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Rediscovering Mental Wellness through Gardening

I am lucky. I grew up in a family that had amazing connections to the land. We regularly grew vegetables for meals and the extended growing season meant we had something fresh almost year round. I left for school, not realizing how the grounding activities that surrounded my childhood had kept me feeling stable and […]

I am lucky. I grew up in a family that had amazing connections to the land. We regularly grew vegetables for meals and the extended growing season meant we had something fresh almost year round.

I left for school, not realizing how the grounding activities that surrounded my childhood had kept me feeling stable and secure. Once I arrived in the dorms, I was quickly swept away with how chaotic everything felt.

The one thing I missed most?

The dirt.

It took me longer than I like to admit to realize that I was missing that connection with the seasons, and my mental health suffered for it. I struggled with depression and anxiety for nearly a decade before recognizing that part of my problem was the lack of access to plants.

Although nutrition, exercise, and therapy are all very important, many people talk to me about how they need something more.

For me, rediscovering the natural rhythms made the biggest difference. Planning certain vegetables based on the time of year, eating locally grown foods who had been through the same droughts or deluges I had, and generally getting dirty for that grounding connection gave me something beyond what current man-made research can do.

I was missing that connection with the seasons, and my mental health suffered for it.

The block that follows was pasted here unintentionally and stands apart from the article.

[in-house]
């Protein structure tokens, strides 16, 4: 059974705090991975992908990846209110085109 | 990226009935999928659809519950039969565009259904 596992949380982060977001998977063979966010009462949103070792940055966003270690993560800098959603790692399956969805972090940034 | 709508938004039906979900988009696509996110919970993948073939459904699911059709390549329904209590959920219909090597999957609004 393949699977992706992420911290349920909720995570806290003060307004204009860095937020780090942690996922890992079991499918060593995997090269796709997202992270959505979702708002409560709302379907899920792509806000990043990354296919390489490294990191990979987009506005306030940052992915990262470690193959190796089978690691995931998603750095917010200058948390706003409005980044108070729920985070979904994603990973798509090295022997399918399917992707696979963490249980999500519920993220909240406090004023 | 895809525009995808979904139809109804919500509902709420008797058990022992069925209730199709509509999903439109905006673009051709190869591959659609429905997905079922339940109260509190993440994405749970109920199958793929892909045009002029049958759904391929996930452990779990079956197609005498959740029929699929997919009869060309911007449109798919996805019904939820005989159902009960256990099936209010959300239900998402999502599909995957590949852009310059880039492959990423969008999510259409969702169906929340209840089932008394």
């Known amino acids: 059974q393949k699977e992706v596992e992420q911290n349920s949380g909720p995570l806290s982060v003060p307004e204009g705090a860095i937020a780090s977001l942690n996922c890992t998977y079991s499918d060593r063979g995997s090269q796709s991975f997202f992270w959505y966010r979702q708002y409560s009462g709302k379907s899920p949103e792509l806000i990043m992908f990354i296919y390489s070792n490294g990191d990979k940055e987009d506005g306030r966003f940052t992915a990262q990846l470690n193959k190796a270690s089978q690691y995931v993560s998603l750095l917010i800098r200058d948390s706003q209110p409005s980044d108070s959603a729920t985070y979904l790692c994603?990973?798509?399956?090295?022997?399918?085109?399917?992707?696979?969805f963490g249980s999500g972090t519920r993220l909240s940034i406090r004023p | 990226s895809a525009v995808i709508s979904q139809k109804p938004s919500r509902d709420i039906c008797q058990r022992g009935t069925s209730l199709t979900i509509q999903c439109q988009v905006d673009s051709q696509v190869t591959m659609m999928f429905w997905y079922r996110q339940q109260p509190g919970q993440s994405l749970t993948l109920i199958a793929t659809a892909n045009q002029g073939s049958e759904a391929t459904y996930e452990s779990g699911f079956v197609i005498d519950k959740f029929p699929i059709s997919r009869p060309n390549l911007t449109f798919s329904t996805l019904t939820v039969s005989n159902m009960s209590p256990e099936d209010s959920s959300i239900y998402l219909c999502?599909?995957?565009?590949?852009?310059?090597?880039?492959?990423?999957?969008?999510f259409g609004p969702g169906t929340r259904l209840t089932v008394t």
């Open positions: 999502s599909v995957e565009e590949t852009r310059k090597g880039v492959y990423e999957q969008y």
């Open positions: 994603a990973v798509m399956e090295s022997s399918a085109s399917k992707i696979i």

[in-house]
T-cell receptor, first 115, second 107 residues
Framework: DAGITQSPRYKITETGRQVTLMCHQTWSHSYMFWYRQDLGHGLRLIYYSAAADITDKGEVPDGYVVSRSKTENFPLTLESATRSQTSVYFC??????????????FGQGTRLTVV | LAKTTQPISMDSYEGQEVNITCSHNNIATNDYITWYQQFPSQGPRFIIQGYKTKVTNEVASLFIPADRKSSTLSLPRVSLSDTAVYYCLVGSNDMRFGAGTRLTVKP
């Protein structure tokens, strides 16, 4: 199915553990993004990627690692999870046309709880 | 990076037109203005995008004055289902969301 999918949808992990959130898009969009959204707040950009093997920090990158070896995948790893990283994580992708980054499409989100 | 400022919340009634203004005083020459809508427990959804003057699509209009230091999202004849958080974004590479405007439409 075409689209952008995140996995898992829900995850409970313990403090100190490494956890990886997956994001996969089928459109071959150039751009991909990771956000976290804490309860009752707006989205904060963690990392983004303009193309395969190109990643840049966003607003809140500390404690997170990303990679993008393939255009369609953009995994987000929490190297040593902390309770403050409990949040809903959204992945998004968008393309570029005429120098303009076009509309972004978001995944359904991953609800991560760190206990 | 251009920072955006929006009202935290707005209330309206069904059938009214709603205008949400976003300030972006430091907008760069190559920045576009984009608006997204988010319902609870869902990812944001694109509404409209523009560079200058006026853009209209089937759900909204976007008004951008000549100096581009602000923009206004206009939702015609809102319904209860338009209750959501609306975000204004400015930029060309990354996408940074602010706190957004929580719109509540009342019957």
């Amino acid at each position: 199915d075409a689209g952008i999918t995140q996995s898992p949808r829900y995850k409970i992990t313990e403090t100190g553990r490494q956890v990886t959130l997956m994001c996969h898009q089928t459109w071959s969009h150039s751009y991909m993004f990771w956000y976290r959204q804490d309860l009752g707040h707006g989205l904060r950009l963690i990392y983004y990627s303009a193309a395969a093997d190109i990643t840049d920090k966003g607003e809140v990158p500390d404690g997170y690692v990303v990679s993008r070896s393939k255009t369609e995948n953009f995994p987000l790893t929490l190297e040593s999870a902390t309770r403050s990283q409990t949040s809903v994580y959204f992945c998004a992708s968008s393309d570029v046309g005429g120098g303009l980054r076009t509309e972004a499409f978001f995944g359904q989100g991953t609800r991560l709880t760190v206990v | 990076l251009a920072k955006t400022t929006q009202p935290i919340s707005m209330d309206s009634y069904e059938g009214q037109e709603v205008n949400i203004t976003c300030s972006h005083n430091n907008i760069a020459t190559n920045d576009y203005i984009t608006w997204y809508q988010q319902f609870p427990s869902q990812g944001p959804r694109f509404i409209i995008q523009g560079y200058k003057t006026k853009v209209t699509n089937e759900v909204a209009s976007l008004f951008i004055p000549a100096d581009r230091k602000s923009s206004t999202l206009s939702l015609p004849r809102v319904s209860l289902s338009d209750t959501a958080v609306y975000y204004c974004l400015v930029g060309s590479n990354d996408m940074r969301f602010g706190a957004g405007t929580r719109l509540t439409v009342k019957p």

Gardening itself is very helpful in a mindfulness practice: the smell of the dirt, the taste of the vegetables or herbs, and the feel of different leaves can all add depth to your mindfulness space. Evidence suggests friendly microbes in the soil may even work to increase serotonin levels in the brain.

Take time to bring a little nature into your space. If you have a backyard, use it. If you’re in a smaller space, there are all kinds of nifty ways to get into container gardening.

Feast your eyes on my mother’s unbelievable rosemary plant.

Don’t let an initial failure discourage you: lots of gardening is trial and error. My mother has an enormous rosemary plant, but I cannot even remember how many she couldn’t get to thrive before this one.
My granddaddy is 93 and gardens every year, but even now he is learning things. Just last year I was able to teach him that he was planting his radishes too deep and that’s why they never grew.

No matter who you are or where you are, there are ways to make gardening work. A meta analysis showed those people who garden have increases in quality of life and sense of community… and its introduction concludes by saying “a regular dose of gardening can improve public health”.

Don’t let an initial failure discourage you: lots of gardening is trial and error.

This past spring: 92 and still starting tomatoes from seed.

Take time for the outdoors and enjoying hikes through nature. But also take on the challenge of creating your own foods. Begin to feel the centering and grounding that can come from the “zen” of concentrating on those plants. You will thank yourself. 🙂

Some of my plants during an Easter egg hunt this past spring.

Larabeth hosts a weekly podcast through the Natural Wellness Transformations school. These 20 minute blurbs focus on natural health and utilizing several modalities for long term wellness.
Click here for ways to listen

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